Do you need a subsidiary captive insurance company? Or if you have one, do you need to diversify your risks – or even close it down?
Many large organisations have set up a ‘captive’, their own in-house insurance company, to support group risk-financing and insurance activity. This can deliver significant cost savings over the longer term, but can also mean short-term volatility. When looking at whether and when to set up a captive, or how to use it, or when to close it down (and where to place your risks if you do), you’ll need the support of an experienced advisor.

Alesco RMS has strong experience of advising businesses on the use of captive insurers. We know that finding the optimal role for a captive is a complex and ever-changing evaluation, which needs to take into account the internal cost of capital, the most effective use of the group’s capacity to retain risk, and the availability and cost of insurance in the commercial insurance market.

How we’ll work with you on captive insurance

To review the potential for captive involvement, we would normally:

  • review the role of a captive within the overall insurance programme
  • run a financial analysis of the captive using industry-standard benchmarks
  • develop a model to forecast future losses to the captive, based upon historical loss data and energy industry loss data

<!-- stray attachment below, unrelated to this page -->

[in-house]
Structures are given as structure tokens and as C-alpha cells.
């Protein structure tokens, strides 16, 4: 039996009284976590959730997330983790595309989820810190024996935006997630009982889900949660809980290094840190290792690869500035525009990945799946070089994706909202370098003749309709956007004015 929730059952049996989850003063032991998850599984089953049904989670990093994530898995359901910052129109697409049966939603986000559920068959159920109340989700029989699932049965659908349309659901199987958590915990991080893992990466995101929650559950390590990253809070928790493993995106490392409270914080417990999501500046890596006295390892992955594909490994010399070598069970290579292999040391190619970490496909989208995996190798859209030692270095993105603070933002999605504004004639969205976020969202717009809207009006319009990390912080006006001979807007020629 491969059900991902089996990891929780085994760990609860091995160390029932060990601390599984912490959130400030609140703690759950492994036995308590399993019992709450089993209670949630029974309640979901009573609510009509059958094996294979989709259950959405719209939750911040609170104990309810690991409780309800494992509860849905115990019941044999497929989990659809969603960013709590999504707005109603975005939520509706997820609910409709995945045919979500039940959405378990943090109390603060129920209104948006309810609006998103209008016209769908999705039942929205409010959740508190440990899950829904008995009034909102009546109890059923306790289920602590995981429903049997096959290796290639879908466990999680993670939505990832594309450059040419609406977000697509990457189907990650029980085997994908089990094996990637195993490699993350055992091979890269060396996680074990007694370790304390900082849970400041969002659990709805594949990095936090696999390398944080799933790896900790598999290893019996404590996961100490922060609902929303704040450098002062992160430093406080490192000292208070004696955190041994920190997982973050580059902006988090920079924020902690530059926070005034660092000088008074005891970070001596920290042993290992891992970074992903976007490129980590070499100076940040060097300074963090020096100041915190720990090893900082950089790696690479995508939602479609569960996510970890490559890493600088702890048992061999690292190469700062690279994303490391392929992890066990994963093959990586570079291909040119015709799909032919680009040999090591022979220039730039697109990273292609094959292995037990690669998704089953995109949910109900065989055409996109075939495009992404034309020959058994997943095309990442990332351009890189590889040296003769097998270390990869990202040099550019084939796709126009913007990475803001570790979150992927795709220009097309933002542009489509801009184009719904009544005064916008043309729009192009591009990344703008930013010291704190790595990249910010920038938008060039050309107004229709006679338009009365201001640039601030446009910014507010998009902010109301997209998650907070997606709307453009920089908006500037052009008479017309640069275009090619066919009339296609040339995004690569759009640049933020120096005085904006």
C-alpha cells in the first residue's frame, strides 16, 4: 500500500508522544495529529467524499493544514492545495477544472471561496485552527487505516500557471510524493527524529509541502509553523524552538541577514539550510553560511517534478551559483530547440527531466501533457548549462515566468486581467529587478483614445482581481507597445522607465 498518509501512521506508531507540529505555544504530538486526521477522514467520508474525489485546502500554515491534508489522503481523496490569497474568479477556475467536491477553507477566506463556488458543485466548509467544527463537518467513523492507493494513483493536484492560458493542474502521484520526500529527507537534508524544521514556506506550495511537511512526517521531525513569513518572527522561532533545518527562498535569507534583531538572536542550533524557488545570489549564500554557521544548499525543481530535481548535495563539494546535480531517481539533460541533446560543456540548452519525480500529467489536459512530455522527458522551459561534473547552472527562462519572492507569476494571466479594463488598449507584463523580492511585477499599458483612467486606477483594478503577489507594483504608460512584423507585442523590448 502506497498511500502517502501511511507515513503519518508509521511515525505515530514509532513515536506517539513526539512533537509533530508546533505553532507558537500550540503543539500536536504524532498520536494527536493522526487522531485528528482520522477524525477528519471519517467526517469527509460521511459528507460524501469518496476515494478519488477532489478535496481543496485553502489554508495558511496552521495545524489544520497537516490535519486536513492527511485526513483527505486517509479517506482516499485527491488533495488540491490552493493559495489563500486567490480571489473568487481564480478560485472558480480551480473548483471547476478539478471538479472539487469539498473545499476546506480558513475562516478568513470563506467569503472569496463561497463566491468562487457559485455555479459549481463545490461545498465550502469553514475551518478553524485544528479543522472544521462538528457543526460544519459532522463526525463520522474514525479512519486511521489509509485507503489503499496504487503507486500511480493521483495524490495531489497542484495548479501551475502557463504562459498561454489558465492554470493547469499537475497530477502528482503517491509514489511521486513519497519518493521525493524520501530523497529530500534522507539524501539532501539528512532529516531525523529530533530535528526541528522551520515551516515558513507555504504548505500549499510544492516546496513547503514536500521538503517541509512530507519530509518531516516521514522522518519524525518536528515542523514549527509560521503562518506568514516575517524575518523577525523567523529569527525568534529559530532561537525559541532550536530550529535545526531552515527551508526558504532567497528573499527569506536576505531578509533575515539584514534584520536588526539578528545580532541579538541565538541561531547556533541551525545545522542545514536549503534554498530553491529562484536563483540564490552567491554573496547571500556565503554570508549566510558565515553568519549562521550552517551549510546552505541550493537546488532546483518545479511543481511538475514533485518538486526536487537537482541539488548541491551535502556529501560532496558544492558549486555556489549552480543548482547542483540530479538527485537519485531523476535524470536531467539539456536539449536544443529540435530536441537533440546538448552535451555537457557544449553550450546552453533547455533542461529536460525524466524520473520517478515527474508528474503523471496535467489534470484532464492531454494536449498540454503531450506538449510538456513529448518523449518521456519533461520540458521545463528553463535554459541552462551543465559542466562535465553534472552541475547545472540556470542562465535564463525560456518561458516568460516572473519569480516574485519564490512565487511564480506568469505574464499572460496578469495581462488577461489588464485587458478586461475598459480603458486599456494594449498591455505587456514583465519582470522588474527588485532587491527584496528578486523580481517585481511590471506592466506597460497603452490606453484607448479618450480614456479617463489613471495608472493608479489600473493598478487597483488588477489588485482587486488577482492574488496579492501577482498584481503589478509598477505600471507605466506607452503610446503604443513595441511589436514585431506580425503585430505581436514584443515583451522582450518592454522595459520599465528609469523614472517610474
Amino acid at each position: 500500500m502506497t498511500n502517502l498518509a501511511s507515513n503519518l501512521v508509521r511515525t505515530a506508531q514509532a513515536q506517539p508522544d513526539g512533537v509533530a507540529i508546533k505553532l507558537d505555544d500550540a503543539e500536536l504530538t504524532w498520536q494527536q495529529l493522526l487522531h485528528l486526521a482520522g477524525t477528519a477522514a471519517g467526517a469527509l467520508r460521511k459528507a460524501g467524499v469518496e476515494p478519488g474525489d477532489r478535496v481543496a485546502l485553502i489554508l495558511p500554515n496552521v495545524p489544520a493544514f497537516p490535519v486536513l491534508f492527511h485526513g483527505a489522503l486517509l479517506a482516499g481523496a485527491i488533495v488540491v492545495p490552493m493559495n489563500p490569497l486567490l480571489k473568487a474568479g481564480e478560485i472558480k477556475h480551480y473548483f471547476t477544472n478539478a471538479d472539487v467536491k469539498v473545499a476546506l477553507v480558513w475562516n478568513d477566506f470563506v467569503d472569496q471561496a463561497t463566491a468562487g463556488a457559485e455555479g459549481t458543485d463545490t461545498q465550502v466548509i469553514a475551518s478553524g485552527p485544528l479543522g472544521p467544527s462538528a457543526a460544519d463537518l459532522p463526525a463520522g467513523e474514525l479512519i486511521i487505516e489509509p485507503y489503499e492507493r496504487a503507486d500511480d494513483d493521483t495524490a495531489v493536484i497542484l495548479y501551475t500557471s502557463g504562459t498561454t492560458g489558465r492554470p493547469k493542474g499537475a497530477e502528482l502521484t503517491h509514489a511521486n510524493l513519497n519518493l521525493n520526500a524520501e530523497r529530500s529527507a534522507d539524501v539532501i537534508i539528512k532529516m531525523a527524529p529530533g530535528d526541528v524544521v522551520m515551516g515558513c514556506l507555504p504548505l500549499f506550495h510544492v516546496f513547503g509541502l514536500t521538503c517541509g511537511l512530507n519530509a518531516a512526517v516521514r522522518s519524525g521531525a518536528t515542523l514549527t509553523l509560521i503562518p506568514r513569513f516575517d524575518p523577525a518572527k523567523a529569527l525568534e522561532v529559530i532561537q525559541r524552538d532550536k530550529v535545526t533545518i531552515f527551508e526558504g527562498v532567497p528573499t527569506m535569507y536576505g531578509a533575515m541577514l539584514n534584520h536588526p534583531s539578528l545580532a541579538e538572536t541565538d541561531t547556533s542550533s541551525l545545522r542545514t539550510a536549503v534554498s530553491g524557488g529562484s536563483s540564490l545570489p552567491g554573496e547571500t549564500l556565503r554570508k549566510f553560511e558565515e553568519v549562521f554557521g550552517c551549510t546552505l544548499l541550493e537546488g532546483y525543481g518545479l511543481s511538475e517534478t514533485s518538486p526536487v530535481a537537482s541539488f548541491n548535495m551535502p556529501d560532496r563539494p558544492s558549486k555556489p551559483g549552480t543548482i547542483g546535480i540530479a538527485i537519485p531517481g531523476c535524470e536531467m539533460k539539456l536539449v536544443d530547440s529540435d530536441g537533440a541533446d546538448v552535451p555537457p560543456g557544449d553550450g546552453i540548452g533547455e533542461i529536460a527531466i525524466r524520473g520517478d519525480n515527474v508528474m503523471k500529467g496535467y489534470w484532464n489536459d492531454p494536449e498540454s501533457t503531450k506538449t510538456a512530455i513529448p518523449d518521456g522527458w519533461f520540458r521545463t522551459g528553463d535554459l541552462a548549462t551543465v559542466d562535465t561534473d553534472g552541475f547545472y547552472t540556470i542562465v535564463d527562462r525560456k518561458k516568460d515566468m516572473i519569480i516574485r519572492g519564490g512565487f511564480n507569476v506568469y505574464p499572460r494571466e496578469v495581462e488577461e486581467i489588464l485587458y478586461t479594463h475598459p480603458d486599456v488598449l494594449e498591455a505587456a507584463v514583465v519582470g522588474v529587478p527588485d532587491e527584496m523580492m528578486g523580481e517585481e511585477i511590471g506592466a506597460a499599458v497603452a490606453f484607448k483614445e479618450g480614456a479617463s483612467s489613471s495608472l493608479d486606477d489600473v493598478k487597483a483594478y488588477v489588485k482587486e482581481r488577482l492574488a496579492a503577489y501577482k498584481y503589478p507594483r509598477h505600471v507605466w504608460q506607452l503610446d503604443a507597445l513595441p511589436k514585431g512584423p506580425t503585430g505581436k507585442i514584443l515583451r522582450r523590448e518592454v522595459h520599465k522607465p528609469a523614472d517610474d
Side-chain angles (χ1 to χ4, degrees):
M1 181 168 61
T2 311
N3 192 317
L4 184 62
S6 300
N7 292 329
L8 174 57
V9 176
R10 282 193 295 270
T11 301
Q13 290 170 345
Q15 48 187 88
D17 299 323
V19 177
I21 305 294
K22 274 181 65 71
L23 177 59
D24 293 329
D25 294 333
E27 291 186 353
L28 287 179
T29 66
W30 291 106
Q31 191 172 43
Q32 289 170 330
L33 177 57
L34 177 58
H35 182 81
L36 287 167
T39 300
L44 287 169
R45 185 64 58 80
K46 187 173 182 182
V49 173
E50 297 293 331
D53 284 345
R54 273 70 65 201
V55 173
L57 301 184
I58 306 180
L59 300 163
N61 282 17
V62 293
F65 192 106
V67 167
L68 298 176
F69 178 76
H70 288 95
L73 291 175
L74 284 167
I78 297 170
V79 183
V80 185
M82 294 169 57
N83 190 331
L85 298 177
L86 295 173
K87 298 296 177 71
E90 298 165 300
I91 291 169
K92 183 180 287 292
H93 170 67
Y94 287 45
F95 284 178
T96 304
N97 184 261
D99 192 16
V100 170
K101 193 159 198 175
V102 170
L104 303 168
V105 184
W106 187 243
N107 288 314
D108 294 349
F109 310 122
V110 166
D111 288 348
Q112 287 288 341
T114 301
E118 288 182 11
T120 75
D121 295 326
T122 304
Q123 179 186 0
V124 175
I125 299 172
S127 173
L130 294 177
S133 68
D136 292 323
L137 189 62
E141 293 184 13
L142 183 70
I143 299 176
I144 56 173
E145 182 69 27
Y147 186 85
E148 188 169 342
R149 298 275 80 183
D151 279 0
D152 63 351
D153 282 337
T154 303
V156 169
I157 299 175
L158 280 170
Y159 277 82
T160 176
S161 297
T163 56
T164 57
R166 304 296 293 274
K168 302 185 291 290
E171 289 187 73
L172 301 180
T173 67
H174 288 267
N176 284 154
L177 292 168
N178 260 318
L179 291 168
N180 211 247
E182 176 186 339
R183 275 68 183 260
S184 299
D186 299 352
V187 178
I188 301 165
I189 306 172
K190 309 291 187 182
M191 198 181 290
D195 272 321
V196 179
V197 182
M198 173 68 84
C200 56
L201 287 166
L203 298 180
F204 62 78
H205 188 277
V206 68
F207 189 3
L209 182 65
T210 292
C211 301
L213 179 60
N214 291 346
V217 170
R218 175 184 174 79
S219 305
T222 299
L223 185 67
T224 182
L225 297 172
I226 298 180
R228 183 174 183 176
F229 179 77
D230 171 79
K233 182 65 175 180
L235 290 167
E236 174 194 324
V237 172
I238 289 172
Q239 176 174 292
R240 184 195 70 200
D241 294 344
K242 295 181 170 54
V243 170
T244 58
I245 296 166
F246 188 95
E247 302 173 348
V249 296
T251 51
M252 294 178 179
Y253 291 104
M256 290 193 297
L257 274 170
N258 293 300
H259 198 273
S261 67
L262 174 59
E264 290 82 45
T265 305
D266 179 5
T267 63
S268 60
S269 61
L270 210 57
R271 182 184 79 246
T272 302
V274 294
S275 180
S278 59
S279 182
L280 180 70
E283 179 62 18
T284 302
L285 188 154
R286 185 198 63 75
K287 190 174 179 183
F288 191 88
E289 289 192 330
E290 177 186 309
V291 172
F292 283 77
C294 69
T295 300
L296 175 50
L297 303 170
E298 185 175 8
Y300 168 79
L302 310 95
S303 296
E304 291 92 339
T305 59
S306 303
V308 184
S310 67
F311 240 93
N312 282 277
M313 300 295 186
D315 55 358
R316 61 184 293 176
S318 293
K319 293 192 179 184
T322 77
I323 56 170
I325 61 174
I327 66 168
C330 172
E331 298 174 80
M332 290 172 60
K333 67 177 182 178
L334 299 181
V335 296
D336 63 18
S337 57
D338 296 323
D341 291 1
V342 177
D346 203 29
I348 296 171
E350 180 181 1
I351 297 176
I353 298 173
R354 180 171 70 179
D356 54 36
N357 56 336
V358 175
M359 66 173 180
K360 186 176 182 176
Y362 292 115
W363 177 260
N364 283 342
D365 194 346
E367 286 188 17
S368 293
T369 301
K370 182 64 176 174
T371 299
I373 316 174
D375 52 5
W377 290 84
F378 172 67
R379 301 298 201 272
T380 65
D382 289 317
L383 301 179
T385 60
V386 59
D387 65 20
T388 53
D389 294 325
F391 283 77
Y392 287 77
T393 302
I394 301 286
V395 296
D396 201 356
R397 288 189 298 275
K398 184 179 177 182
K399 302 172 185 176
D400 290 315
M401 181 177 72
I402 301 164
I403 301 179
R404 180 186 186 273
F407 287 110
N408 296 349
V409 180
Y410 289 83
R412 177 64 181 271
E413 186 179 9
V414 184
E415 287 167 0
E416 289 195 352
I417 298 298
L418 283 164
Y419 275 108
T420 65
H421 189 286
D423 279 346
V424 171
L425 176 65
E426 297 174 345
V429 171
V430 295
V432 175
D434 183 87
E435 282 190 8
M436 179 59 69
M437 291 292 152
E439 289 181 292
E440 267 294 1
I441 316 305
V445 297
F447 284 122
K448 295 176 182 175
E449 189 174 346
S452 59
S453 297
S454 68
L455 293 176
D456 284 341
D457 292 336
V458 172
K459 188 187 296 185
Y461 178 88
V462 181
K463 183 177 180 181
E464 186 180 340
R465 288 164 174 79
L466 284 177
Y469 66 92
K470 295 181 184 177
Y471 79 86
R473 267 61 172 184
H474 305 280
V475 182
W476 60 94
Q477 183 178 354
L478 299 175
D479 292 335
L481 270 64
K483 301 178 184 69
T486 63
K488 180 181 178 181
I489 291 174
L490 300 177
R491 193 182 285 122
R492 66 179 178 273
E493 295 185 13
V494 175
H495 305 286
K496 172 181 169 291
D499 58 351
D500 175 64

• develop a dynamic financial model to test alternative captive strategies (retention levels, layering, reinsurance, capital), with financial projections over a 3 to 5 years
  • take you through the result of our modelling in detail, and offer our conclusions regarding your captive strategy.

Why talk to Alesco RMS?

  • We are very experienced – we have many years’ experience of working with large clients on how best to use captive insurance companies
  • We take a tailored approach – because captives are complex, and no two clients are the same
  • We’re independent – we’re not tied to any insurers, so if we think a captive is right for you, we’ll say so
  • We’ll propose the optimal balance of cover – between (a) retention of risk within individual business units, (b) group risk-retention via a captive or central fund, and (c) the risk transfer programme
  • We do detailed modelling – we’ve developed various analytical tools which can greatly simplify the captive decision-making process, but we also take into account important qualitative considerations.
Further advantages of captives

Aside from the more traditional risk exposures, captives can also facilitate efficient risk-financing structures across other insurance coverages, including:

  • potential legal expenses or litigation costs
  • environmental liabilities
  • gratuity & incentive payments
  • future repair or replacement costs
  • rent guarantees for large property portfolios
  • potential pension shortfalls
  • decommissioning costs
  • R&D costs
  • cyber risk.

Please get in touch

If you have a captive, or are thinking about creating one, please do contact us for a no-obligation chat about what we can offer. Our key contacts are listed below.

View our glossary of insurance terms

Captive Insurer Consultancy Key Contacts